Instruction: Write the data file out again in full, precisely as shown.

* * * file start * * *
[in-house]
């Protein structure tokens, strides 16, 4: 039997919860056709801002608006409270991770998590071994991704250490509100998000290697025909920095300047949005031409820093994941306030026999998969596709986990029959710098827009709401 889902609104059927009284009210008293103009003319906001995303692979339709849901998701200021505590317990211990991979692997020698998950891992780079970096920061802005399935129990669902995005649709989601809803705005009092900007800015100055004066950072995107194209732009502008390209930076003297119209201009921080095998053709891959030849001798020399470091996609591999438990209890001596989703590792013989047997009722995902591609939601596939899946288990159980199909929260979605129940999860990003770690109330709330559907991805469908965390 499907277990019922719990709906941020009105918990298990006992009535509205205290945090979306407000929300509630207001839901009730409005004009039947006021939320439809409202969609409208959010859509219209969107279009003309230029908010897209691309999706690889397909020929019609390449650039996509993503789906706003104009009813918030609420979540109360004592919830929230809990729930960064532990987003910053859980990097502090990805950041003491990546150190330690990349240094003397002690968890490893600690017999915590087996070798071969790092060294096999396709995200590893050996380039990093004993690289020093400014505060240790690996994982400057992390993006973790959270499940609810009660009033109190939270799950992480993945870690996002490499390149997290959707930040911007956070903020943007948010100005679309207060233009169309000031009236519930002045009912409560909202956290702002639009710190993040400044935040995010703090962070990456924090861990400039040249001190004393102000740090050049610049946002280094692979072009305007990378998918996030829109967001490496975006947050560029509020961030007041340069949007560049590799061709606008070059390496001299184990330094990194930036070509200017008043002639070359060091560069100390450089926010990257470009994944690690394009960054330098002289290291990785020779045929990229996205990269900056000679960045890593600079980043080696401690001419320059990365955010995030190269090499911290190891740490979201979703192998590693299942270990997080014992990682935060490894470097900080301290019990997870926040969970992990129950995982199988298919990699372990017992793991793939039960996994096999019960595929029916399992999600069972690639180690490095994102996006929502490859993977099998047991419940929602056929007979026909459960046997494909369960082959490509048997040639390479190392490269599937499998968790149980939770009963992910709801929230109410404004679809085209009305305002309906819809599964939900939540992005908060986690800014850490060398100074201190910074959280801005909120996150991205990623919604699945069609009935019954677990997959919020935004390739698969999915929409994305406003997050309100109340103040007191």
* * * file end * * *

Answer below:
[in-house]
């Protein structure tokens, strides 16, 4: 039997919860056709801002608006409270991770998590071994991704250490509100998000290697025909920095300047949005031409820093994941306030026999998969596709986990029959710098827009709401 889902609104059927009284009210008293103009003319906001995303692979339709849901998701200021505590317990211990991979692997020698998950891992780079970096920061802005399935129990669902995005649709989601809803705005009092900007800015100055004066950072995107194209732009502008390209930076003297119209201009921080095998053709891959030849001798020399470091996609591999438990209890001596989703590792013989047997009722995902591609939601596939899946288990159980199909929260979605129940999860990003770690109330709330559907991805469908965390 499907277990019922719990709906941020009105918990298990006992009535509205205290945090979306407000929300509630207001839901009730409005004009039947006021939320439809409202969609409208959010859509219209969107279009003309230029908010897209691309999706690889397909020929019609390449650039996509993503789906706003104009009813918030609420979540109360004592919830929230809990729930960064532990987003910053859980990097502090990805950041003491990546150190330690990349240094003397002690968890490893600690017999915590087996070798071969790092060294096999396709995200590893050996380039990093004993690289020093400014505060240790690996994982400057992390993006973790959270499940609810009660009033109190939270799950992480993945870690996002490499390149997290959707930040911007956070903020943007948010100005679309207060233009169309000031009236519930002045009912409560909202956290702002639009710190993040400044935040995010703090962070990456924090861990400039040249001190004393102000740090050049610049946002280094692979072009305007990378998918996030829109967001490496975006947050560029509020961030007041340069949007560049590799061709606008070059390496001299184990330094990194930036070509200017008043002639070359060091560069100390450089926010990257470009994944690690394009960054330098002289290291990785020779045929990229996205990269900056000679960045890593600079980043080696401690001419320059990365955010995030190269090499911290190891740490979201979703192998590693299942270990997080014992990682935060490894470097900080301290019990997870926040969970992990129950995982199988298919990699372990017992793991793939039960996994096999019960595929029916399992999600069972690639180690490095994102996006929502490859993977099998047991419940929602056929007979026909459960046997494909369960082959490509048997040639390479190392490269599937499998968790149980939770009963992910709801929230109410404004679809085209009305305002309906819809599964939900939540992005908060986690800014850490060398100074201190910074959280801005909120996150991205990623919604699945069609009935019954677990997959919020935004390739698969999915929409994305406003997050309100109340103040007191």